Caps off for RAF rugby heroes

Representatives of the Royal Air Force will be at the Principality Stadium in Cardiff on Saturday 25 November, supporting the Welsh Rugby Union as Wales face New Zealand in an Autumn International.

The Welsh Rugby Union have delved into the archives to find past Welsh international players that had also served in the RAF.

In World War II Bleddyn Williams trained to fly with the RAF as a pilot. But he was also the outstanding centre three quarter of his generation, gaining his first Welsh cap against England in 1947.

Williams captained Wales on five occasions and each time Wales won. While he remained a brilliant player into the 1950s injuries did start to take their toll. His talent was such that he would have been a certain selection for the British Lions tour to South Africa in 1955 had not a selection policy been introduced that excluded all players over 30 years old. 

After retirement from playing Williams maintained his contact with rugby by writing about the game for the People newspaper for almost 40 years.

During his time in the RAF, Rhys Williams, or R.H as he was known to most, was an education officer. He was also a powerful second row forward who served his clubs, Llanelli and Cardiff, the RAF, his country Wales and the British Lions with great distinction.

He toured with the British Lions to South Africa in 1955 and to Australia and New Zealand in 1959. On those two tours R.H played in every test match, proving himself to be the cornerstone of the British forwards, holding his own with the giants of the Southern Hemisphere.

R.H captained Wales in 1960 against England in what was to prove to be his 23rd and last international match. Injury forced him into retirement but he was not lost to Welsh rugby, he became a member of the WRU’s Committee.

Sadly, Rhys died towards the end of the 1980s while still in his late fifties.

Malcolm Price gained his first cap against England in 1959 at just 21 years old. His talents saw him selected for the British Lions tour to Australia and New Zealand in 1959.

Malcolm was blessed with natural pace and wonderful ball handling ability. His passing was often sublime. His talents saw him selected for the British Lions tour to Australia and New Zealand in 1959. 

His service in the RAF prepared him at an early age for leadership and in 1960 he became captain of Pontypool RFC. In 1962 Malcolm accepted an offer to join Oldham in the Rugby League. He was an immediate success in the professional game. His quality was recognised when he was selected to play Rugby League for Great Britain.

Jeff Young developed his rugby skills at Garw Grammar School and St Lukes College, Exeter.

He trained to become a teacher and joined the education branch of the RAF, rising to the ranks to become a Wing Commander.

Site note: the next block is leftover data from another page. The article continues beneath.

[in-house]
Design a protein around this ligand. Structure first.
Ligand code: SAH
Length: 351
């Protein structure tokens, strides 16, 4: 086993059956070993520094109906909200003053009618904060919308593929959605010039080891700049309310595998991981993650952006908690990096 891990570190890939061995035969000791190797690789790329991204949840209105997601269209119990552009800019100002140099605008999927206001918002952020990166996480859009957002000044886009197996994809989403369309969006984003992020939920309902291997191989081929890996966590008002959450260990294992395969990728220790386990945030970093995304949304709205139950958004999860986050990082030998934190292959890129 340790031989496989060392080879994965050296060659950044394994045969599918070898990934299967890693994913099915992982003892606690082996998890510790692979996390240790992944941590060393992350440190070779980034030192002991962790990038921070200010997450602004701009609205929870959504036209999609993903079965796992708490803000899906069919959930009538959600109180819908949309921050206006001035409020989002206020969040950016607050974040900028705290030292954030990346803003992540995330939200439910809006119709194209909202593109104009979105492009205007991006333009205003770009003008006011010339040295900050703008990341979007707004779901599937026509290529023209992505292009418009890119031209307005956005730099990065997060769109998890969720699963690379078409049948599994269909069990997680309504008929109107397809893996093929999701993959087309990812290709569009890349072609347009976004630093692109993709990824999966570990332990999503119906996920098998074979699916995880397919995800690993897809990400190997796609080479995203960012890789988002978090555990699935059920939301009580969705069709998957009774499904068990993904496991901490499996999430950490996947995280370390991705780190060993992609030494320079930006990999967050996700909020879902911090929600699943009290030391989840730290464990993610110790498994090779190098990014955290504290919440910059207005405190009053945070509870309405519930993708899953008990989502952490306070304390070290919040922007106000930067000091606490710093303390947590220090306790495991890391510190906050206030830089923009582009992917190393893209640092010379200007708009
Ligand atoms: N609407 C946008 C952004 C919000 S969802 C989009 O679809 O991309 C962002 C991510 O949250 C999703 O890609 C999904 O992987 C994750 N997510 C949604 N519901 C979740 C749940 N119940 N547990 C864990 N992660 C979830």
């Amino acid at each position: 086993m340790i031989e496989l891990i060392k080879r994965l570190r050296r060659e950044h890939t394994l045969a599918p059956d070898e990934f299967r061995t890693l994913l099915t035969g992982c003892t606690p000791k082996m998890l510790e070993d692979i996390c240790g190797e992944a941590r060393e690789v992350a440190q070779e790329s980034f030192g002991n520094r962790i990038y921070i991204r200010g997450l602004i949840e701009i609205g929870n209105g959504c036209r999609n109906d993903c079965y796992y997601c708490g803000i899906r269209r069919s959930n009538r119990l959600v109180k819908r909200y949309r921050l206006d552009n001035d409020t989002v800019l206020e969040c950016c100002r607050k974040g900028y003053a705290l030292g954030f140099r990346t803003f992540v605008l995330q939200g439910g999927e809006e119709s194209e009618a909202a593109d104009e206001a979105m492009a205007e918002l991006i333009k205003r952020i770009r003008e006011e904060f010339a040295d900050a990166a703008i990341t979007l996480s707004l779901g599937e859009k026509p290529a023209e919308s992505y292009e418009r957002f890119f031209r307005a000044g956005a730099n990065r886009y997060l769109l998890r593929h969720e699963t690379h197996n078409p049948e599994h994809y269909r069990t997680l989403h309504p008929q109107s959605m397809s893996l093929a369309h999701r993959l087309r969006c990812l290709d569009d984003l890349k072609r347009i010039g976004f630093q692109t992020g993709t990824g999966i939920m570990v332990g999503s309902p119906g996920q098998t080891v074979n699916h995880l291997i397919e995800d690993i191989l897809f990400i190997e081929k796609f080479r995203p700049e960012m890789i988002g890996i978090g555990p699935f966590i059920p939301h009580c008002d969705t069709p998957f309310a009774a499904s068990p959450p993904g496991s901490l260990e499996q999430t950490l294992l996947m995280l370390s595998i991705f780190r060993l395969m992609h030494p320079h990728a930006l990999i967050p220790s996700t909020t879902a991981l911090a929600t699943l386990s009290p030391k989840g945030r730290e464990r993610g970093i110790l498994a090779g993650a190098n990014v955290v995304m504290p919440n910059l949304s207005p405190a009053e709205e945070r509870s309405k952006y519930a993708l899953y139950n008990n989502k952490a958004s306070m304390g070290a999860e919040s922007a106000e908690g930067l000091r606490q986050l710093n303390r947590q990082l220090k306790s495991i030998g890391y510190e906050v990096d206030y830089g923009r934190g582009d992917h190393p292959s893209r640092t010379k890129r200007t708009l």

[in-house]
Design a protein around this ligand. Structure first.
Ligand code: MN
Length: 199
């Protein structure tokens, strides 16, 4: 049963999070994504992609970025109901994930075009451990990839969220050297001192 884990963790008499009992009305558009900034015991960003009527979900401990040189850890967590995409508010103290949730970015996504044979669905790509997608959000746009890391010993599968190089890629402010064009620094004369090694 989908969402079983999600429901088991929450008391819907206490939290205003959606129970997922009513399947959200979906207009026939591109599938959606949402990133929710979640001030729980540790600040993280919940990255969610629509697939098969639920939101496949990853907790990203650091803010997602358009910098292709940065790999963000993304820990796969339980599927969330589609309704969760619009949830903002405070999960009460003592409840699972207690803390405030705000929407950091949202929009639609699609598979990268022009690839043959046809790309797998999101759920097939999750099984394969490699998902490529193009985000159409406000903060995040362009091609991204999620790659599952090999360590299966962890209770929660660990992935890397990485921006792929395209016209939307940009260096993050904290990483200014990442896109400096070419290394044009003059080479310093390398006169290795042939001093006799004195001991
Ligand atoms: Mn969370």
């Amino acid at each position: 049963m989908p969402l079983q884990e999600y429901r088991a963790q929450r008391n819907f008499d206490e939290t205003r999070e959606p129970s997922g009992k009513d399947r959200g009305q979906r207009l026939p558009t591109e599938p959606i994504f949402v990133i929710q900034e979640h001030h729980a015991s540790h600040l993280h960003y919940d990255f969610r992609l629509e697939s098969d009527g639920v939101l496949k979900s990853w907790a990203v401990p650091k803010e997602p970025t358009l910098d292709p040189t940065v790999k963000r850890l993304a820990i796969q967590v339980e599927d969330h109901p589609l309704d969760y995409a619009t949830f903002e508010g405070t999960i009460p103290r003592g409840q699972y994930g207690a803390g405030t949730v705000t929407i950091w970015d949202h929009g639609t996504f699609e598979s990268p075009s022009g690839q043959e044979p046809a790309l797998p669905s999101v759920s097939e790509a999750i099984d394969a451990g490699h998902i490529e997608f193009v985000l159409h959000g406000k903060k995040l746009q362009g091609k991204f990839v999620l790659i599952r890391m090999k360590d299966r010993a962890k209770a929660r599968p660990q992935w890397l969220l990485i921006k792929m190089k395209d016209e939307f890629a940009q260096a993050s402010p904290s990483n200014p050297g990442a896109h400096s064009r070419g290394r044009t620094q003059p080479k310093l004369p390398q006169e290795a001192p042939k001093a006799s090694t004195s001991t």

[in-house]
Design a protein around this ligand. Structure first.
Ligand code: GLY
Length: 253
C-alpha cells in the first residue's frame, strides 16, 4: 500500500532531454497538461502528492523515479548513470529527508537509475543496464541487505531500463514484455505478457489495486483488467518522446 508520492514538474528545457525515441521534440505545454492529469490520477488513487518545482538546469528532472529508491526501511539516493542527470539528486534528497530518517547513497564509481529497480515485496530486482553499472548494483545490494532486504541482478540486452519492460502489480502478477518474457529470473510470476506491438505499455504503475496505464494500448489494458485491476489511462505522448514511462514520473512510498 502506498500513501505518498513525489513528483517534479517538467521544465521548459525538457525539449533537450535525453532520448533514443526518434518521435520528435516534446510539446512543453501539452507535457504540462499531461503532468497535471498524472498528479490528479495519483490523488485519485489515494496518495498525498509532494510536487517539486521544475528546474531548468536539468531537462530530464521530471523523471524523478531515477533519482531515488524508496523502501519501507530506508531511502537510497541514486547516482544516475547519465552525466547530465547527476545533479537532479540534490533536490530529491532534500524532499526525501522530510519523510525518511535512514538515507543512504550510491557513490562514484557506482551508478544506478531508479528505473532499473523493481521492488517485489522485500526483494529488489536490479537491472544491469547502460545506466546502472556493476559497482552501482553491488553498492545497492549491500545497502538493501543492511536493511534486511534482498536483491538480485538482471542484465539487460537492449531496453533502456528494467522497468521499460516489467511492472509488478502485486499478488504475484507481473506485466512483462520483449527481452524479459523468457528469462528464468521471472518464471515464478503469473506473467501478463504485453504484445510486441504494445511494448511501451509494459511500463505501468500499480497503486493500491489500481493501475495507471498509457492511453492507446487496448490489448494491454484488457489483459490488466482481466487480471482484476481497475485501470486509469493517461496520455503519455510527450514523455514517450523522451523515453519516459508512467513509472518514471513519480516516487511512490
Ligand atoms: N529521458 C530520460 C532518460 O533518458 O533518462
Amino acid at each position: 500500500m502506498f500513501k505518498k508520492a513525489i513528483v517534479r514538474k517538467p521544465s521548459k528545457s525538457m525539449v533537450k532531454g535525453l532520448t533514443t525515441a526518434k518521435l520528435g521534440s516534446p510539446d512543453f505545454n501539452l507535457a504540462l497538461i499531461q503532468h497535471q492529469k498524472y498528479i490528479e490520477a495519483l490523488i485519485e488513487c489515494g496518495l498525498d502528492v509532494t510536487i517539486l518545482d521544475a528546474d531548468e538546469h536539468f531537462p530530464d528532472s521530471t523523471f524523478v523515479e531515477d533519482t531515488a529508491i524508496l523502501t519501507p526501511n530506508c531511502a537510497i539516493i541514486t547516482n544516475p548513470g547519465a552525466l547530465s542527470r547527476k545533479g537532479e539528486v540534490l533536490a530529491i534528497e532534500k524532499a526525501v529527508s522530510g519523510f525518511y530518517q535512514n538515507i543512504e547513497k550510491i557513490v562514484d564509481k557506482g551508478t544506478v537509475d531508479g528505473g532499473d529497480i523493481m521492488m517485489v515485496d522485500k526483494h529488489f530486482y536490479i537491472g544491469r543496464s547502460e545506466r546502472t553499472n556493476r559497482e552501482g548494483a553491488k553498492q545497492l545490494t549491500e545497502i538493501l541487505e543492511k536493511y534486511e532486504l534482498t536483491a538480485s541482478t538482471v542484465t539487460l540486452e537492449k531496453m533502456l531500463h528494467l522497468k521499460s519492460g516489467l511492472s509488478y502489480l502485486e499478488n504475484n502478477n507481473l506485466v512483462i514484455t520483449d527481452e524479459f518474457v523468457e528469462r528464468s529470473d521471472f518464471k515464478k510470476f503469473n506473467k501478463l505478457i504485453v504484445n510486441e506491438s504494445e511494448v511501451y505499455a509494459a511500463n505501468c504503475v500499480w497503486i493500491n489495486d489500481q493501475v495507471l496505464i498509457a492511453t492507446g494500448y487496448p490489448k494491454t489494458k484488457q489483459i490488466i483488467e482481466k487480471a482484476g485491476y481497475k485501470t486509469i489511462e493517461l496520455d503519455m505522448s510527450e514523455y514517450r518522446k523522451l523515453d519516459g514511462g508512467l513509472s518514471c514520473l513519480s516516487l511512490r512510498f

His great physical strength and sound scrummaging technique earned him 23 Welsh caps and selection for the British Lions tour to South Africa in 1968.

On retiring from playing Jeff became an outstanding coach.

On leaving the RAF in 1990 Jeff became the first Technical Director of the Welsh Rugby Union.

Sadly illness gripped Jeff and he died in his early sixties.

After leaving school Gareth Griffiths went into the RAF to complete his National Service.

In January 1953, he gained his first cap when playing against England. He was a member of both the Cardiff and Wales teams that famously defeated the All Blacks and in early 1954 he scored a try for the Barbarians against the All Blacks.

Off the field Gareth’s career evolved quickly. He started work as a teacher before he moved into public relations and then general management. As a businessman with a great sporting heritage Gareth played a significant part in Welsh public life at the end of the twentieth century.

Born and bred in Blaenavon, Ken Jones  played his senior rugby down the valley for Newport RFC. He showed considerable talents that resulted in him being selected for Wales in 1947 and in 1950 for the British Lions tour of Australia and New Zealand.

He was a wing three-quarter of exceptional speed. That speed was shown on the athletics track as well as on the rugby field.

Between 1946 and 1953 Jones won a variety of Welsh sprint titles and was a member of the British relay squad that won a silver medal at the London Olympics in 1948.

During the Second World War Jones served in India as a sergeant in the RAF.

His international rugby career was a long one. He gained his first cap against England in 1947 and his final cap came in 1957.

When he retired from international rugby he had secured 44 caps, which was then a record, one that stood for 15 years or more.